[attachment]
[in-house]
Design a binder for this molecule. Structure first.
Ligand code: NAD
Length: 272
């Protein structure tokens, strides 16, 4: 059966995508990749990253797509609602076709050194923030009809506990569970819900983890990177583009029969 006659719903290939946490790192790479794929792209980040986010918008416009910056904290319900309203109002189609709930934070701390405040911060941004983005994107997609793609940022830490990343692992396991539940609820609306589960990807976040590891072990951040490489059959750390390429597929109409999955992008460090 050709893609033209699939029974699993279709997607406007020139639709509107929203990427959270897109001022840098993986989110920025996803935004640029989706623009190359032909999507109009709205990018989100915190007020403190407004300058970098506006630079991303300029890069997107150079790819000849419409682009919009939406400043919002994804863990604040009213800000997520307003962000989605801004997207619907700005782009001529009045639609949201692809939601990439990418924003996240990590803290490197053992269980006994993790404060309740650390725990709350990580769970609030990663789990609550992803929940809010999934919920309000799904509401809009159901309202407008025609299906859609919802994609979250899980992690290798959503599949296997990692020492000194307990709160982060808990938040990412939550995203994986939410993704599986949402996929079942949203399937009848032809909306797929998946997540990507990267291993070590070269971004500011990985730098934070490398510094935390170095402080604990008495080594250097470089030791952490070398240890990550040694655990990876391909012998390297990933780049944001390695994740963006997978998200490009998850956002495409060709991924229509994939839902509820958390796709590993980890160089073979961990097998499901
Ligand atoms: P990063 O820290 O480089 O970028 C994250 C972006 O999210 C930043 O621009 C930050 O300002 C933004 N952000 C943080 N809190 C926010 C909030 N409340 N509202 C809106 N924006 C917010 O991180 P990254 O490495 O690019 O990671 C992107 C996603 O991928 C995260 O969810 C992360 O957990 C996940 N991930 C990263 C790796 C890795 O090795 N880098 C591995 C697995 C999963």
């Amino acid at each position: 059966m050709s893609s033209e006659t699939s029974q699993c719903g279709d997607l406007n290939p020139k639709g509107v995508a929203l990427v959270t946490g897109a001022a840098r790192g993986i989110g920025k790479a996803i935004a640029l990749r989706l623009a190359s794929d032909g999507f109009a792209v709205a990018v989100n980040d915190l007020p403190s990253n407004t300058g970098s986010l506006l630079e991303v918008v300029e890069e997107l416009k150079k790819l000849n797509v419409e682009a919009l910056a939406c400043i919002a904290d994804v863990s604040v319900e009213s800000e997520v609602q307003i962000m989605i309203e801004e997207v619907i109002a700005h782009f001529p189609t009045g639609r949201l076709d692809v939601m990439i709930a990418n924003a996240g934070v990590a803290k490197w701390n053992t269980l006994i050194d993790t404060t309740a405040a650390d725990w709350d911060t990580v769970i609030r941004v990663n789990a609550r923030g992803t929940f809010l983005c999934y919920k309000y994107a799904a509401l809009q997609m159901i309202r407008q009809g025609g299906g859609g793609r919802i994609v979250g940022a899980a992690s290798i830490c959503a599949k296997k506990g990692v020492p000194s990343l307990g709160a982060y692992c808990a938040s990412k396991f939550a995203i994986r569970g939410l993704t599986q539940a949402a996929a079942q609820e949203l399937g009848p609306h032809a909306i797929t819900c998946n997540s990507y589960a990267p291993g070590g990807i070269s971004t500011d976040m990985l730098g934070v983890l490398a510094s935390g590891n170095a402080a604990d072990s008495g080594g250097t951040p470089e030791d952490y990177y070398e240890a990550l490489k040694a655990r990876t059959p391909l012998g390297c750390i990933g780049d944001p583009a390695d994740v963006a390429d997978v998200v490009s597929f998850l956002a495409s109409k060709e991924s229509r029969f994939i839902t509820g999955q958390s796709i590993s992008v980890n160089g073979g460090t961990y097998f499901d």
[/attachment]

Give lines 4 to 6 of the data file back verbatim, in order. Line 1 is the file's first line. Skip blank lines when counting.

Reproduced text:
Length: 272
């Protein structure tokens, strides 16, 4: 059966995508990749990253797509609602076709050194923030009809506990569970819900983890990177583009029969 006659719903290939946490790192790479794929792209980040986010918008416009910056904290319900309203109002189609709930934070701390405040911060941004983005994107997609793609940022830490990343692992396991539940609820609306589960990807976040590891072990951040490489059959750390390429597929109409999955992008460090 050709893609033209699939029974699993279709997607406007020139639709509107929203990427959270897109001022840098993986989110920025996803935004640029989706623009190359032909999507109009709205990018989100915190007020403190407004300058970098506006630079991303300029890069997107150079790819000849419409682009919009939406400043919002994804863990604040009213800000997520307003962000989605801004997207619907700005782009001529009045639609949201692809939601990439990418924003996240990590803290490197053992269980006994993790404060309740650390725990709350990580769970609030990663789990609550992803929940809010999934919920309000799904509401809009159901309202407008025609299906859609919802994609979250899980992690290798959503599949296997990692020492000194307990709160982060808990938040990412939550995203994986939410993704599986949402996929079942949203399937009848032809909306797929998946997540990507990267291993070590070269971004500011990985730098934070490398510094935390170095402080604990008495080594250097470089030791952490070398240890990550040694655990990876391909012998390297990933780049944001390695994740963006997978998200490009998850956002495409060709991924229509994939839902509820958390796709590993980890160089073979961990097998499901
Ligand atoms: P990063 O820290 O480089 O970028 C994250 C972006 O999210 C930043 O621009 C930050 O300002 C933004 N952000 C943080 N809190 C926010 C909030 N409340 N509202 C809106 N924006 C917010 O991180 P990254 O490495 O690019 O990671 C992107 C996603 O991928 C995260 O969810 C992360 O957990 C996940 N991930 C990263 C790796 C890795 O090795 N880098 C591995 C697995 C999963």